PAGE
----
One idea that has been percolating as a stimulus program is a nationwide school rehab and renovation program, explained here
by Laura Clawson. Fix America's Schools Today (FAST) was "put together by Mary Filardo of the 21st Century School Fund, Jared Bernstein of the Center on Budget and Policy Priorities, and Ross Eisenbrey of the Economic Policy Institute, FAST (PDF) points to the maintenance and repair needs of our aging school buildings, which are on average 40 years old, and how that dovetails with job creation."
The idea apparently now has a powerful proponent in the White House:
The jobs package that President Obama plans to unveil shortly after Labor Day could include tens of billions of dollars to renovate thousands of dilapidated public schools and a tax break to encourage businesses to hire new workers, according to people familiar with White House deliberations.
As aides work to put together the proposal, they are also hammering out a companion plan to reduce federal budget deficits over the next decade, which Obama would share with the 12-member congressional "super committee" charged with finding long-term fixes for the growing national debt.
The deficit reduction plan would rely on some of the ideas Obama worked on in private negotiations with House Speaker John A. Boehner (R-Ohio) this summer, aides said. The officials spoke on condition of anonymity to discuss a proposal that is still taking shape.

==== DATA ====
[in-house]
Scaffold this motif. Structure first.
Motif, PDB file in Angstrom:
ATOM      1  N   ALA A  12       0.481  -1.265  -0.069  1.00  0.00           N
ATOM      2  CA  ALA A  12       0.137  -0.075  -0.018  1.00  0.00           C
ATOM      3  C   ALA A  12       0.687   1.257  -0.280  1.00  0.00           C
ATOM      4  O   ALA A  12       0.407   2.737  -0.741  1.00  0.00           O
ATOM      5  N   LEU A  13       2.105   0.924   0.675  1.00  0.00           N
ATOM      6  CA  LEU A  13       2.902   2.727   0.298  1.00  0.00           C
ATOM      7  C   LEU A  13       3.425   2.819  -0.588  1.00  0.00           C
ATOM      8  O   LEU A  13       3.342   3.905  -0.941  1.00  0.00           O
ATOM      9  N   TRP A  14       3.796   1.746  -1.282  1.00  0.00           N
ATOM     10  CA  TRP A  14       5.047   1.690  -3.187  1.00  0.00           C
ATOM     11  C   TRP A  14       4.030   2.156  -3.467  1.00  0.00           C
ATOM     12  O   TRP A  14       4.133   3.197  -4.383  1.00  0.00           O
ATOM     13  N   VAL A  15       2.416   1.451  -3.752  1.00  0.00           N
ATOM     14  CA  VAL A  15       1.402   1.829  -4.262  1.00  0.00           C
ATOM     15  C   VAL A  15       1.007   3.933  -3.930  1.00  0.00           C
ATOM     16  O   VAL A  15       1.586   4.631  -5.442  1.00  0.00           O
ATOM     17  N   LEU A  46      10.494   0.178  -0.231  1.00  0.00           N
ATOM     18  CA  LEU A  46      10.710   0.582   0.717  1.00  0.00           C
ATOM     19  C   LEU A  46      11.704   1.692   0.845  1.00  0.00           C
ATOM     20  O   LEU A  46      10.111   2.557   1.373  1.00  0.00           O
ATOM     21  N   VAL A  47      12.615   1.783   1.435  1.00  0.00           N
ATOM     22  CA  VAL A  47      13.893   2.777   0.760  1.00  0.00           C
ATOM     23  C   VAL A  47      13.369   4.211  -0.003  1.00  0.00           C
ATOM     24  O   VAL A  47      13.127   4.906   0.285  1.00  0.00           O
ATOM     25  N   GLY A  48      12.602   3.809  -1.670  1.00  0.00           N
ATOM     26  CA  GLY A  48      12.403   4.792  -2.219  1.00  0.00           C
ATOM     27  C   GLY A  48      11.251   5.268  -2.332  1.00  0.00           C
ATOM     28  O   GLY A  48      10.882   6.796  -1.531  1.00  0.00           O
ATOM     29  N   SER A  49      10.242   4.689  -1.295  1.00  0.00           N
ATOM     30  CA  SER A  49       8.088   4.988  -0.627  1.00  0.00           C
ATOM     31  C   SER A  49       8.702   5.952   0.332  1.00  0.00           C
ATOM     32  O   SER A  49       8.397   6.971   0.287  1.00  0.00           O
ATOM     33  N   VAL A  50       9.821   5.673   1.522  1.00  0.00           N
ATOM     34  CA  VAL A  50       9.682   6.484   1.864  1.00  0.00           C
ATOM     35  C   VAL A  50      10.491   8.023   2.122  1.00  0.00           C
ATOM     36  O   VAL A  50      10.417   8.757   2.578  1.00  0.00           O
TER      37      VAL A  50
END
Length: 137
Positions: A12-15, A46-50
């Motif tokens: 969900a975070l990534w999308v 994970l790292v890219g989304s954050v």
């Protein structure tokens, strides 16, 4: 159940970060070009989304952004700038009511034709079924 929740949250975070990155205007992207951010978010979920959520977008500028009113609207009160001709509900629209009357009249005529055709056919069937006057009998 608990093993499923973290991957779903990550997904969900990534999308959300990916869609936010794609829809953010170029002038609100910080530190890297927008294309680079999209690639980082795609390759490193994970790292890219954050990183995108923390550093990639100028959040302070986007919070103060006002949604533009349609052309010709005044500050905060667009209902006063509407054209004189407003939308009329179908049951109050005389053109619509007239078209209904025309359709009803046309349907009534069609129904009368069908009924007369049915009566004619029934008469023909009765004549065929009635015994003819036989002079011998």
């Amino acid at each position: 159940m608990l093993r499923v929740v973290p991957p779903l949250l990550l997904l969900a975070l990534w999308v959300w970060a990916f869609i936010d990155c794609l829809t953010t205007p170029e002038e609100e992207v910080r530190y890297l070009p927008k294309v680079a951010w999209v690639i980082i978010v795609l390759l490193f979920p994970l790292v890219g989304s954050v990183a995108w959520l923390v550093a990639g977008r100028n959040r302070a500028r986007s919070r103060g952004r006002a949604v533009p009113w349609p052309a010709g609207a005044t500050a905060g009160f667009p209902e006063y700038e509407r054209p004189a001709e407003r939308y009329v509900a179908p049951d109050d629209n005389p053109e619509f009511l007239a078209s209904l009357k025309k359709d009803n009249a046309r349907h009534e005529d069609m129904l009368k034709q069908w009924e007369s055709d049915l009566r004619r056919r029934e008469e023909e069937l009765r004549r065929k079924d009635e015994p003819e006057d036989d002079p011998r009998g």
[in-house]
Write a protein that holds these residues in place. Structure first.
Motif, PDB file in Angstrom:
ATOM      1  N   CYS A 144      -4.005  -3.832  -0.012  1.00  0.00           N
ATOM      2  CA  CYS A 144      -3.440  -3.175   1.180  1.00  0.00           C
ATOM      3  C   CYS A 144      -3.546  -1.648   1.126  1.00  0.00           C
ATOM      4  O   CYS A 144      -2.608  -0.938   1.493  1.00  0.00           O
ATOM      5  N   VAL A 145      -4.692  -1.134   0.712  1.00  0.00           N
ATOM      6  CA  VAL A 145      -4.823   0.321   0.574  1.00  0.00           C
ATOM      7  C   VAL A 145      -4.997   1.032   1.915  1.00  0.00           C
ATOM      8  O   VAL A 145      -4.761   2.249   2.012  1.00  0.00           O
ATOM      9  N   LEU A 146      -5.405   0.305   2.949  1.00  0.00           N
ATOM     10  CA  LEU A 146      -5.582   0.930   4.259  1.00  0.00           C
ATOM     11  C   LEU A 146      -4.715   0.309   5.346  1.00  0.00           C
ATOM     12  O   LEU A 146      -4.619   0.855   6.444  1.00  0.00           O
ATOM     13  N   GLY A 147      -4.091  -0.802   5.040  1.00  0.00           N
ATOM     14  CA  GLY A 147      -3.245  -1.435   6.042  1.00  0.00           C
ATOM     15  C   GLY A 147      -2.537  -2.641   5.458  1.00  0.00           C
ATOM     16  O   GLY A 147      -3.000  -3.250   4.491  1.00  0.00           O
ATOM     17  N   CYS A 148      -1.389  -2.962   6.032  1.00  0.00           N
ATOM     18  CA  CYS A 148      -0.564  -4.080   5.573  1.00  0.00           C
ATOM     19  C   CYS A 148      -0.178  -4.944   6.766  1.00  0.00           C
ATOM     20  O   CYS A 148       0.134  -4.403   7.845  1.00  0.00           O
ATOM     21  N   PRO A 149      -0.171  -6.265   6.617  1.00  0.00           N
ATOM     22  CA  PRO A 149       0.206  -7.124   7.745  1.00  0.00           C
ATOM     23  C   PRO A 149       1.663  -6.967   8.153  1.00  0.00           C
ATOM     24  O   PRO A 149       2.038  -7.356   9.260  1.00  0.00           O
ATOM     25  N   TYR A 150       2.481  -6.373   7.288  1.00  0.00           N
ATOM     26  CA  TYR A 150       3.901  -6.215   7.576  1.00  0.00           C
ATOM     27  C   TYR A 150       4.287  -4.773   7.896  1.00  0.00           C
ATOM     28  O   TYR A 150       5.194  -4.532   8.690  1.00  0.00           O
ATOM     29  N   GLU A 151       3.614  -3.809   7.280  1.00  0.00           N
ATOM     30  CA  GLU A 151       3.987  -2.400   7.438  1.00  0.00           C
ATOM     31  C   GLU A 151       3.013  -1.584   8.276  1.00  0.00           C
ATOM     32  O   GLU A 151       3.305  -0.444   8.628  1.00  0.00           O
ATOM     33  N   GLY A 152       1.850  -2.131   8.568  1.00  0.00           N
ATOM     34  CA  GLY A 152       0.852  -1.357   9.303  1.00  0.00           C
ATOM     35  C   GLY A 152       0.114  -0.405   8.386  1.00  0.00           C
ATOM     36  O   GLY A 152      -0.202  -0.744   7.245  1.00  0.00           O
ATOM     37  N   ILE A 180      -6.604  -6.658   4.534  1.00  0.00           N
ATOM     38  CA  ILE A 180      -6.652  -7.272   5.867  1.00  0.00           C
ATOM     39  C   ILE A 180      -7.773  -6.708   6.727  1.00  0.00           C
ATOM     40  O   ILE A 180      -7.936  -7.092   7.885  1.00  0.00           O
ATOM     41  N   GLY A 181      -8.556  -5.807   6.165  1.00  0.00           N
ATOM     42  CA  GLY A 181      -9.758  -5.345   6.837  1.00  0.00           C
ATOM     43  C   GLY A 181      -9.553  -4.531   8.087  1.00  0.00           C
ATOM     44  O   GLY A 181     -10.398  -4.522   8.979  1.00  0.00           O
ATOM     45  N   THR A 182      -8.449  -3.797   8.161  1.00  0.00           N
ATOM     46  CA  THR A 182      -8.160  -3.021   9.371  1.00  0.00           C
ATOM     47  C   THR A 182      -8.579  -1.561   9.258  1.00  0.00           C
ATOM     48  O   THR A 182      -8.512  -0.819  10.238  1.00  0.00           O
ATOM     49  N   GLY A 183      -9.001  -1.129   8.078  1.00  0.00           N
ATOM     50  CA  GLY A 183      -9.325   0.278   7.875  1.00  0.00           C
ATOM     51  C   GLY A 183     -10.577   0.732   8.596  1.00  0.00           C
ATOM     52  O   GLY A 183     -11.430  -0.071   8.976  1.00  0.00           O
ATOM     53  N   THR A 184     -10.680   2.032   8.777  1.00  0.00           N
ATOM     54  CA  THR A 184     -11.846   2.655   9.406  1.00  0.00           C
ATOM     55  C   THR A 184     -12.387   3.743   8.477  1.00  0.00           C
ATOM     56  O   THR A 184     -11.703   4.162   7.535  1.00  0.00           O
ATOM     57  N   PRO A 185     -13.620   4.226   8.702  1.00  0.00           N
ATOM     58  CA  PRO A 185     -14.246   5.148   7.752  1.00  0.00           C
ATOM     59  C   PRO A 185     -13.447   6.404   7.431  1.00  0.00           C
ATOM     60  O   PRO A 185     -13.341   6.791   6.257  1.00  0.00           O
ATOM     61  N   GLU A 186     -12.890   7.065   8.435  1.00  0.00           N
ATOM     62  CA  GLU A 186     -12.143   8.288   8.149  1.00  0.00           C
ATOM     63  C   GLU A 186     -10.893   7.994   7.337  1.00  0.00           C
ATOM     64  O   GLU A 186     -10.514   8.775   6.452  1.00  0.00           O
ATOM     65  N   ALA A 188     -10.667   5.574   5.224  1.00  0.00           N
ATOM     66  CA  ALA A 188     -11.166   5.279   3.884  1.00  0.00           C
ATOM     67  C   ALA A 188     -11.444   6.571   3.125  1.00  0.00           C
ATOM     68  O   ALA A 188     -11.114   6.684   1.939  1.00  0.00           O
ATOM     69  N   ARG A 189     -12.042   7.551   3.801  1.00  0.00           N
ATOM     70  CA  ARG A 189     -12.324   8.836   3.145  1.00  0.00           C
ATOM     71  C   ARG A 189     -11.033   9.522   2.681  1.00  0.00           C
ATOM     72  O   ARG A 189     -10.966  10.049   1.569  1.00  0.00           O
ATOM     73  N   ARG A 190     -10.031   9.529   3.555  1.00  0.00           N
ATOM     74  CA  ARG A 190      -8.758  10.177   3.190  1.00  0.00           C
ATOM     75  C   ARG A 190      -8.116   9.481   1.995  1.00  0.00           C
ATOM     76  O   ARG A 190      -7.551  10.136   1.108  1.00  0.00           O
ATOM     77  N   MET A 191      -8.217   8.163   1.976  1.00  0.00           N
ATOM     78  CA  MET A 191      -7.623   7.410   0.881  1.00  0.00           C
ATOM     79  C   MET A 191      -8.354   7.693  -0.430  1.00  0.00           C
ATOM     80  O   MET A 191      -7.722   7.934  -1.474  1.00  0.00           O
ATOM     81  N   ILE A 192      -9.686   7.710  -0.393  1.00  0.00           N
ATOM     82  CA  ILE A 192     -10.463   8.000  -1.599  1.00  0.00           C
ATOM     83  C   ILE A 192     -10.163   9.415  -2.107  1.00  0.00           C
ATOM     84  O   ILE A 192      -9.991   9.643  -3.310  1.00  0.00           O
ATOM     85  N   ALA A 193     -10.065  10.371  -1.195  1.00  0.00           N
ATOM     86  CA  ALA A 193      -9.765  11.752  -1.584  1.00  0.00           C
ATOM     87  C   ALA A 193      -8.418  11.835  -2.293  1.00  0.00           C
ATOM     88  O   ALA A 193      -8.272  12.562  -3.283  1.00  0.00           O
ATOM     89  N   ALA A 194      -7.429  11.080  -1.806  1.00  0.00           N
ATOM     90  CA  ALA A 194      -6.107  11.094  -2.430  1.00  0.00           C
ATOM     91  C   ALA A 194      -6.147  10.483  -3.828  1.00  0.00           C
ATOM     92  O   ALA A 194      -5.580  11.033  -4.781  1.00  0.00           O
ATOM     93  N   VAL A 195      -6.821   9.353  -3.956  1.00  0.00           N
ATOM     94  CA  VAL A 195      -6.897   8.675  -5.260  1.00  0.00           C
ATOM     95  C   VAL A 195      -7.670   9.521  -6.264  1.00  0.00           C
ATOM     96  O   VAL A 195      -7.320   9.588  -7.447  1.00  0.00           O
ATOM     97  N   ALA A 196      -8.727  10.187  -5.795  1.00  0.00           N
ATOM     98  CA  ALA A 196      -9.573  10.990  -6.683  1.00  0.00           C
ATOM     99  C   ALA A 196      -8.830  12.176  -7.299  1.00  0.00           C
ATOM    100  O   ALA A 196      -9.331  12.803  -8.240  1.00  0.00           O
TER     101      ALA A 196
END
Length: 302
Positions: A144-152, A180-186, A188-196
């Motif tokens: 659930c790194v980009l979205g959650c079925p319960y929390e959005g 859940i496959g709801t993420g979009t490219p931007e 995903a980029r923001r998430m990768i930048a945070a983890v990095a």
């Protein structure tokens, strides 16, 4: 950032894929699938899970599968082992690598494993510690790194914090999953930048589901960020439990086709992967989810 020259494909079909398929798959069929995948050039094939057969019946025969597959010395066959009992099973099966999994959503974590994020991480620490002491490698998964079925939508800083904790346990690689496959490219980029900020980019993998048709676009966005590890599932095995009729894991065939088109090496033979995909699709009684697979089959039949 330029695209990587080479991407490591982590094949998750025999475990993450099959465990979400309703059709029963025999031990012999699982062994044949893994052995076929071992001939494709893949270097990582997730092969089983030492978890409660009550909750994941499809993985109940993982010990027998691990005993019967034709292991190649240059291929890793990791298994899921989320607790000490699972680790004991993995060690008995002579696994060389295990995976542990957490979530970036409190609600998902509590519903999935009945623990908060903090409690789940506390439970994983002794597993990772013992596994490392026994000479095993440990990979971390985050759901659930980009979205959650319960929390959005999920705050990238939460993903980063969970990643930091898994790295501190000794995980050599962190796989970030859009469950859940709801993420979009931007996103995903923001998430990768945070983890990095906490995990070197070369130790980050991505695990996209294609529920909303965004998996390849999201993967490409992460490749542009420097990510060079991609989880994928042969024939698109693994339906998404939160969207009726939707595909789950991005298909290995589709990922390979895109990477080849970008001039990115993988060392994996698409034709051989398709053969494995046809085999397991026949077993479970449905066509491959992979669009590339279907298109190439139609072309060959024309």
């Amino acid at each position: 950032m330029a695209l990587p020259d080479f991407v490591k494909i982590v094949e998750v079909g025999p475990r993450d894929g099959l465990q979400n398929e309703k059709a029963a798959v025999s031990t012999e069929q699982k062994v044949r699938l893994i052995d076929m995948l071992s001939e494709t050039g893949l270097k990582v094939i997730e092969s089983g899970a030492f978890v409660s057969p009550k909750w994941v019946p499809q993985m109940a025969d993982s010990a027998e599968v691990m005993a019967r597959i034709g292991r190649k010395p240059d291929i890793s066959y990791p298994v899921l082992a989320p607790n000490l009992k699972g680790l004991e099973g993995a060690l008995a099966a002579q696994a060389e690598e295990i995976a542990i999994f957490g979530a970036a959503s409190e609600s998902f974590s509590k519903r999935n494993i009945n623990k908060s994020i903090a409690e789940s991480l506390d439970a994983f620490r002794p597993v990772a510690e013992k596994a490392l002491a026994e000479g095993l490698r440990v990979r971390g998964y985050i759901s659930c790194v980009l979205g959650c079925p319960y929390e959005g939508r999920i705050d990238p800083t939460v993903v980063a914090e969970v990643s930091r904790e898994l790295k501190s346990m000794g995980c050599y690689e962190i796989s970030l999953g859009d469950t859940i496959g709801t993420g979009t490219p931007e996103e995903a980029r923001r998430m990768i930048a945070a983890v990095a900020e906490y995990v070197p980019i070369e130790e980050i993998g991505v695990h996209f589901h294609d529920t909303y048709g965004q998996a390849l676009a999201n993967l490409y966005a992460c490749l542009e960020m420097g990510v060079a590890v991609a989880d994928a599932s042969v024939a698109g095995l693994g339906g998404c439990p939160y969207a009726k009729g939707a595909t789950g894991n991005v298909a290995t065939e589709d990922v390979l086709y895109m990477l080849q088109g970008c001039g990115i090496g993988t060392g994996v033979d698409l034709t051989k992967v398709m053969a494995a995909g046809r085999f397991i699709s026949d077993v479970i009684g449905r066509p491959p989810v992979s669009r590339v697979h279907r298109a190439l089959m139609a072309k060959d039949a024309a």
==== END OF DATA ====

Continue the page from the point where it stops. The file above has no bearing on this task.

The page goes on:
The two-phase plan would probably require Obama to argue for spending more money in the short term while reducing the federal deficit over a longer period. Many economists support that combination, saying cuts in spending should wait until the economy is stronger. But political strategists say it has been difficult to communicate that idea to voters.
Let's hope there's a lot more focus on the jobs part of this than the deficit cutting part. Jed Lewison wrote earlier about the basic problem here: "Sure, you could enact long-term deficit reduction at the same time as you pass a short-term jobs bill, but it's the jobs bill that will create jobs—not the deficit reduction package. And if you reduce the deficit too quickly, you'll actually weaken the impact of the jobs bill."
His conclusion that this is largely a political gambit strikes me as right, that the White House "is betting that getting a big deficit reduction package enacted will give him the political capital to force action on a serious jobs creation package." The thing is, he already has the political capital to bring that fight to Republicans, in the form of public opinion. Going big on job creation, and forcing the Republicans to fight him on the one thing that Americans prioritize most, just makes sense.
FAST could be a smart starting point, because as one of its originators, Jared Bernstein says, "It's the public school in your community, not a bunch of folks on a distant highway." But it should be just the start of an infrastructure rebuilding proposal from the White House. Now's the time to take the big fight to the Republicans.